21 August 2017

Dustup in Dok-La

Given my interests in geopolitics in general, Asia in general and China in particular, the gentle reader may with some justification ask: where the hell have you been all this time on the Dok-La question? You delivered yourself of some fairly strong opinions on North Korea of late! Are you simply indulging an America-centric view of the world which ignores problems in which America has no direct stake?

There is some justice to these charges – particularly the last one. It’s true, I don’t read or speak Dzongkha or Hindi, and thus haven’t been as nearly exposed to one entire side of the dispute. It also hasn’t appeared as urgent to me as the threat of a nuclear war, which has since fizzled out into yet another by-this-point paint-by-numbers predictable domestic squabble inside the Trump Administration. But, in my own defence, that doesn’t mean I haven’t been following the story, that I don’t have any stake in it, or that I don’t have my own views on the subject.

My familial ties to China are well-known at this point. But I do also have a significant sympathy for Bhutan, for political-philosophical as well as cultural reasons. I have written before with guarded praise for the idea of the Gross National Happiness, an idea pioneered by King-Father Jigme Singye Wangchuck of Bhutan. Following David Bentley Hart’s excellent essay, I posted this comment to Facebook in June of last year:
Bhutan does have very strong environmental protections and is carbon-negative.

Not mentioned in the video is that it is also a traditionalist, monarchical and confessional state (though not a theocracy) which places a strong emphasis on retaining local traditions.
Which I then followed up with:
[With the exception of its treatment of the Nepalis,] Bhutan’s kind of got it together. Environmentally-friendly, Anglophile, traditional agrarian kingdom in the middle of South Asia. Doesn’t go stirring up trouble with India or China, but basically minds its own business and leaves everybody else alone. Conserves over 50% of its land area with fœderal park protections and state ownership. Has a distributist, scale-free œconomy and mostly trades locally (something like 83% of its trade is with India, and much of the rest with China and South Korea). Exports sustainable energy. Doesn’t put emphasis on growth-at-all-costs.
Even though they are a confessional monarchy belonging to the same branch of Buddhism as their northerly neighbours in Tibet, and even though the Bhutanese people deeply respect Tenzin Gyatso as a religious leader, both they and their political leadership tend to turn off the Dalai show when the subject of Tibetan politics arises. That’s probably not surprising, given that Tibet historically treated Bhutan and her kings as subservient clients, giving them fewer political considerations than Tibet herself received from the Qing Chinese government. Little wonder, given this history, that they treat the cause of Tibetan independence with so little sympathy (and Tibetan white émigrés with a certain degree of scepticism).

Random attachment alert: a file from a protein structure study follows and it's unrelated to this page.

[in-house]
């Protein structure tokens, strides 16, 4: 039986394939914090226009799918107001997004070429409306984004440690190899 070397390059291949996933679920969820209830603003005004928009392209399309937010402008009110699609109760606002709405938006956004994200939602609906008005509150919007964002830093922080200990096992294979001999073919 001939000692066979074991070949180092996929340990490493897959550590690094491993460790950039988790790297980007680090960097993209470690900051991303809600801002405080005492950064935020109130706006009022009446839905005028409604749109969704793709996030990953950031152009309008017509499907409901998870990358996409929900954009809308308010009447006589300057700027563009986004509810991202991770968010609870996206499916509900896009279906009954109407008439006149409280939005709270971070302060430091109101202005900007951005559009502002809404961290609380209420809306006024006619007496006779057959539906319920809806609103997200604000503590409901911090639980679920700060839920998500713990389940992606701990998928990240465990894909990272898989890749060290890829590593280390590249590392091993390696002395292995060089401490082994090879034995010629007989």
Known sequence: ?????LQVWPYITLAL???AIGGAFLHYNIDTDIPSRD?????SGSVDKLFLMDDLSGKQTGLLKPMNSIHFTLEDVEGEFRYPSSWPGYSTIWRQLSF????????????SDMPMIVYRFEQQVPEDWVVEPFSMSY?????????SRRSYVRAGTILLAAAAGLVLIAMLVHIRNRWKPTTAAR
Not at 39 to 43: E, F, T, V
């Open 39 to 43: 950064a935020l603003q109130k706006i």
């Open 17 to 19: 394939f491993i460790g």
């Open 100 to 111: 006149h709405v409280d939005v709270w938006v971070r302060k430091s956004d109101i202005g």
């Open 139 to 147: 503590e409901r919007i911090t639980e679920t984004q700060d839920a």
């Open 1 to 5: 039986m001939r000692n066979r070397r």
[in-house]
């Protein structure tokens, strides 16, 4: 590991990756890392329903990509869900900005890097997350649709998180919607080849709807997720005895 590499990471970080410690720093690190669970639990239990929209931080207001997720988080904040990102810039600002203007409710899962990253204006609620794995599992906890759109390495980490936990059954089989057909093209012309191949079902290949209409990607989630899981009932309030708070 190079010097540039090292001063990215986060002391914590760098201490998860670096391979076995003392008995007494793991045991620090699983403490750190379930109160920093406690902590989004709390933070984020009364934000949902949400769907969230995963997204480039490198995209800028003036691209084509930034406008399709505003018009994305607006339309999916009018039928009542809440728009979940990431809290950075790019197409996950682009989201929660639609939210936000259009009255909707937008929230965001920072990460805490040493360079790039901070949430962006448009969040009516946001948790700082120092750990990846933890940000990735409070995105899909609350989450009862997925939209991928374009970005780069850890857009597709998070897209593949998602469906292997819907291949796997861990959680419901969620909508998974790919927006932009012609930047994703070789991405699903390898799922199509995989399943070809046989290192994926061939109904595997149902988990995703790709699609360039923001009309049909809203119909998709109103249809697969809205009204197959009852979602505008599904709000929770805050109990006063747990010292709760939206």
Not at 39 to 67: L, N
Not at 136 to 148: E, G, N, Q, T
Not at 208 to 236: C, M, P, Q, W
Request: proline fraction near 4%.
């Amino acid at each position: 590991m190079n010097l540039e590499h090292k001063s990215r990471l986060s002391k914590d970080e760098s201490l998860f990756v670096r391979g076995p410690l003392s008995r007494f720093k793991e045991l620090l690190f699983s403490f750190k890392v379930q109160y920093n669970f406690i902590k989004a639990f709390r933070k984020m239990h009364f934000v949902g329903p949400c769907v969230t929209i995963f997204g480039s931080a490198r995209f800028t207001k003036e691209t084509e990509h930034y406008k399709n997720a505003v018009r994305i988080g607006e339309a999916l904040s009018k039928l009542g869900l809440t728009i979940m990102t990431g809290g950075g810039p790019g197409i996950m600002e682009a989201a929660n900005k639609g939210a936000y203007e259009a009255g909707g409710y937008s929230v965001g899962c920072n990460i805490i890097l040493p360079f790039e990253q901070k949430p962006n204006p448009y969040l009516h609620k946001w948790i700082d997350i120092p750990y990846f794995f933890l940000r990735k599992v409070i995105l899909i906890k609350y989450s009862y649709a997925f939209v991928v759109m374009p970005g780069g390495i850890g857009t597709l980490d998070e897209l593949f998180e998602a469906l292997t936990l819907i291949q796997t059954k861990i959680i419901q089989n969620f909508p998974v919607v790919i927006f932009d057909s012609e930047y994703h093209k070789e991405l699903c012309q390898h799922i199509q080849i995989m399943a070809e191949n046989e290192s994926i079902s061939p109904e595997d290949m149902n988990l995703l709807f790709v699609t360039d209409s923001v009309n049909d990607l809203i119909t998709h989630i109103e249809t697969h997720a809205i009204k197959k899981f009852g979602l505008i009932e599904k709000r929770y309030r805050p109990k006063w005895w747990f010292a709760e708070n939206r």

That very history, actually, is precisely the background one needs to have in order to understand Bhutan’s seemingly-complex interests in Dok-La. Like the Qazaqs, Bhutan’s people understand perfectly well the perils that come from being a small country wedged between two regional great powers, and the strategy they embrace is a parallel one: retain close and friendly diplomatic ties with both, but never too close with either one.

In general, then, but certainly in Dok-La and the Tri-Junction, Bhutan has several key interests at stake which must here be enumerated:
  1. Bhutan is simply not going to relinquish her territorial claims to the area. Not only is this in her own national interest, it’s also simply good strategy. It would set a bad precedent if she yielded a historical claim to a much larger territorial power on her border.

  2. Even less than contesting territory with China, Bhutan does not appreciate having her foreign policy essentially usurped by India – this is the part that reminds Bhutanese all too much of their days as a de facto vassal state of Tibet.

  3. Bhutan does not want a war between India and China. In particular, she does not want a war between India and China on her own territory. And she does not want to lose key elements of her national sovereignty to the victor in such a conflict.
Sadly, in the current situation, Bhutan has become something of a political football between Chinese and Indian great power interests. There is far more to be said on the subject, of course. Modi’s aggressive, religiously-tinged revisionist brand of Indian nationalism is obviously not helping matters, and is pushing things in a predictable direction. And Japan’s LDP government acting as an accelerationist element on India’s behalf, unctuous and disgusting as it is, is obviously no surprise to me either. But for the present, for Bhutan’s own sake, it’s necessary to look for and work for a diplomatic solution to the crisis in Dok-La.

EDIT: I seem to have made a fairly egregious omission, which would leave the reader with the wrong impression if taken the wrong way. Bhutan has been continuously independent since the 900’s at the very latest, although the country has had a treaty of friendship with India since 1949 that allowed the latter to guide Bhutan’s foreign policy. Tibet and India have at various times in history exerted strong influences on Bhutan’s culture and politics, but never to the point of establishing total suzerainty over them. Still, Bhutan has jealously guarded her own independence from both nations for at least 1100 years, and they aren’t about to start compromising now. More power to the Dragon Kingdom.

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